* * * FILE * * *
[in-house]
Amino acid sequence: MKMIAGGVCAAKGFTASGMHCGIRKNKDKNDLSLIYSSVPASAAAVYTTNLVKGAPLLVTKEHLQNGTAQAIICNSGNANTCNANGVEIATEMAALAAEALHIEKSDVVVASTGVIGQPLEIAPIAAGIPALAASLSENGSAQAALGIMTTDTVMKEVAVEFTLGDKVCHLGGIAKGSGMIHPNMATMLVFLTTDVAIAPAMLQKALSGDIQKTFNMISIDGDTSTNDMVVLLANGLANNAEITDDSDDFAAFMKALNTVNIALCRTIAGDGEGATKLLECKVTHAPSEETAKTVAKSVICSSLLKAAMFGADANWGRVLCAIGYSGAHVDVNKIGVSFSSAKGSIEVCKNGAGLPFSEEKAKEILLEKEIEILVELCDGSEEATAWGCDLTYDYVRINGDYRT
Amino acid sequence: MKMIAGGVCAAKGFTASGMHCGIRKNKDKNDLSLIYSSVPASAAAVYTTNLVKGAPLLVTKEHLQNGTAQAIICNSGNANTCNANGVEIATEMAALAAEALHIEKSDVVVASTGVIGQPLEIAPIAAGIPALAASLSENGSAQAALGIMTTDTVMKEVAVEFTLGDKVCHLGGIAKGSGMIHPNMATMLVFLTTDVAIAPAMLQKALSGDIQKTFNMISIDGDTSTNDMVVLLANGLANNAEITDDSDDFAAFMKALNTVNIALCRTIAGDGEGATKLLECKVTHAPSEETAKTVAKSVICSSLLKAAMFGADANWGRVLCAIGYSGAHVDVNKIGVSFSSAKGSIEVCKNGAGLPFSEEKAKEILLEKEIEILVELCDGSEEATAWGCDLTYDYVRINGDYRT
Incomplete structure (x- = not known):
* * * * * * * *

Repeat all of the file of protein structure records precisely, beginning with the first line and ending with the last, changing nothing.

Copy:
[in-house]
Amino acid sequence: MKMIAGGVCAAKGFTASGMHCGIRKNKDKNDLSLIYSSVPASAAAVYTTNLVKGAPLLVTKEHLQNGTAQAIICNSGNANTCNANGVEIATEMAALAAEALHIEKSDVVVASTGVIGQPLEIAPIAAGIPALAASLSENGSAQAALGIMTTDTVMKEVAVEFTLGDKVCHLGGIAKGSGMIHPNMATMLVFLTTDVAIAPAMLQKALSGDIQKTFNMISIDGDTSTNDMVVLLANGLANNAEITDDSDDFAAFMKALNTVNIALCRTIAGDGEGATKLLECKVTHAPSEETAKTVAKSVICSSLLKAAMFGADANWGRVLCAIGYSGAHVDVNKIGVSFSSAKGSIEVCKNGAGLPFSEEKAKEILLEKEIEILVELCDGSEEATAWGCDLTYDYVRINGDYRT
Amino acid sequence: MKMIAGGVCAAKGFTASGMHCGIRKNKDKNDLSLIYSSVPASAAAVYTTNLVKGAPLLVTKEHLQNGTAQAIICNSGNANTCNANGVEIATEMAALAAEALHIEKSDVVVASTGVIGQPLEIAPIAAGIPALAASLSENGSAQAALGIMTTDTVMKEVAVEFTLGDKVCHLGGIAKGSGMIHPNMATMLVFLTTDVAIAPAMLQKALSGDIQKTFNMISIDGDTSTNDMVVLLANGLANNAEITDDSDDFAAFMKALNTVNIALCRTIAGDGEGATKLLECKVTHAPSEETAKTVAKSVICSSLLKAAMFGADANWGRVLCAIGYSGAHVDVNKIGVSFSSAKGSIEVCKNGAGLPFSEEKAKEILLEKEIEILVELCDGSEEATAWGCDLTYDYVRINGDYRT
Incomplete structure (x- = not known):